The debate around fairness creams advertising has been reignited with Meglow Fairness Cream's commercial featuring actor Emran Hashmi. The ad is being critiqued for trying to break stereotypes, albeit unsuccessfully. The category is notorious for producing racist ads and portraying dark skin as inferior.
Meglow Premium Fairness Cream for men, which was launched in 2006, is a brand from the house of Leeford Healthcare. Although the product has been in the market for several years, and also claims to be well-established, this is its first campaign on electronic media. While the ad is already up on online platforms, it will be released on TV by mid-August. The communication uses the tagline 'Fair Hai' and is conceptualised and executed by Razorblade Films.
The narrative takes a turn, as he points out to a girl nearby, hinting that while professional success may be out of bounds, personal life can be renewed none-the-less.
Critics have booed the ad, stating that it promises to be progressive and ends up as stereotypically regressive. Vivek Sharma, vice president, strategy, Leeford Healthcare, justifies, "In the fairness segment, most brands try to project themselves as more than just creams, giving users things that are 'out of the world'. However, the core idea of our communication is honesty. We are painting a realistic picture, where the rewards are reasonable."
On being asked if the idea of 'getting the girl' makes the ad regressive, he comments, "A person who is more presentable is more likely to attract people, and that is a logical deduction. We observe it in our society on a regular basis."
The brand's broad TG is males between 15-44 years, not only in the urban market, but also in semi-urban and rural areas. It hopes that the brand ambassador will build the required connect with the audience, across segments.
Fair skin has always been a crucial attribute in the mindset of an average Indian. The fairness category, including creams, face-washes and lotions have exploited the same need in their communication for decades, since the category leader Unilever's Fair & Lovely was introduced in the market in 1975.
The category also penetrated deeper, with the launch of Emami's Fair & Handsome in 2005, creating a new segment - fairness for men - of which Meglow is a part. However, as the communication remained backward, catering to coventional stereotypes, where personal success was linked to skin colour, academia and NGOs started voicing their dissent on the issue.
Silmultaneously, ASCI also released guidelines for 'fairness products' advertising and has been strictly adhering to it. The guideline states that the advertising should not communicate any discrimination as a result of skin colour and should not reinforce negative social stereotyping on the basis of skin colour.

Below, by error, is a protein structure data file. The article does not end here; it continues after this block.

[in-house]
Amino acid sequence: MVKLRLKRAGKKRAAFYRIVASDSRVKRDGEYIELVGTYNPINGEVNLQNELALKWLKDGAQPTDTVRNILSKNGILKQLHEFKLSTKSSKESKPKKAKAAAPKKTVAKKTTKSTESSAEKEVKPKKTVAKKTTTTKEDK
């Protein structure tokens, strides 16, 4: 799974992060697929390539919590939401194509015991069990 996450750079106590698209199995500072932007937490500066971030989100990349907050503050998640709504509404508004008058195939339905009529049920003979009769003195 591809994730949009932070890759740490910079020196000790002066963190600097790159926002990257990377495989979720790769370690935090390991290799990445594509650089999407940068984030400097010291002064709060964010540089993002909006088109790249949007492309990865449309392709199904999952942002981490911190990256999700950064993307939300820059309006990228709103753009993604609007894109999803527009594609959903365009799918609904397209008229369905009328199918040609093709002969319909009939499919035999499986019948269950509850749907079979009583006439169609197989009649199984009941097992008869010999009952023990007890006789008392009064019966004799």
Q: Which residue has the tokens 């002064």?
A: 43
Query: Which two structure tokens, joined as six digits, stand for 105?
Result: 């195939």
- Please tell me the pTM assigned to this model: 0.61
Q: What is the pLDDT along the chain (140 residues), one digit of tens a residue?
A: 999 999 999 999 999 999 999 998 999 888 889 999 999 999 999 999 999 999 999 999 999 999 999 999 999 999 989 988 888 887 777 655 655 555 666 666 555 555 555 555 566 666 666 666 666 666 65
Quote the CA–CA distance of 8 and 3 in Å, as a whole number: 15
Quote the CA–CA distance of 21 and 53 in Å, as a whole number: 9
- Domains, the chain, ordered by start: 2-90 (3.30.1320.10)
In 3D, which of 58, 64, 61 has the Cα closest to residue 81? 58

Fair or Unfair?
"I don't think the advertiser didn't know what they were getting into. It may be a case of any publicity is good publicity. They have a convoluted logic that you need to be fair to impress women, even though you flunk in interviews. I think that's a cause for criticism around the ad," he states.
Uboweja, however, points out that such ads are only a reflection of the society we belong to. "If our society gives more value to fair-looking folks, how do you keep the brands away from exploiting this? A change is definitely needed and a check is also required on the content, so that such ads don't become racial or insensitive to a particular gender or region," he opines.
He thinks the idea of being 'fair and honest' could have had a better script and execution. "An actor like Emran Hashmi is wasted in the current format," he says.
Aditya Jaishankar, planning head, South, McCann India, thinks the ad is clutter-breaking. "To some extent, by opposing that fairness can get you ahead in life, this ad takes on a stereotype . However, while the communication talks about the fact that getting fairer does not enable you to get a job, it reinforces stereotypes by once again showing that fairer men are more attractive to the opposite sex. Its is a very strange situation where you break a stereotype on the one hand and reinforce a stereotype on the other hand," he opines.
He concurs with Uboweja that a drastic change is needed in the way fairness creams are advertised. "Fairness can be portrayed more as a personal choice. It's almost like the protagonist is saying that he or she feels nice looking fairer, but that does not mean it is true for society at large," he says.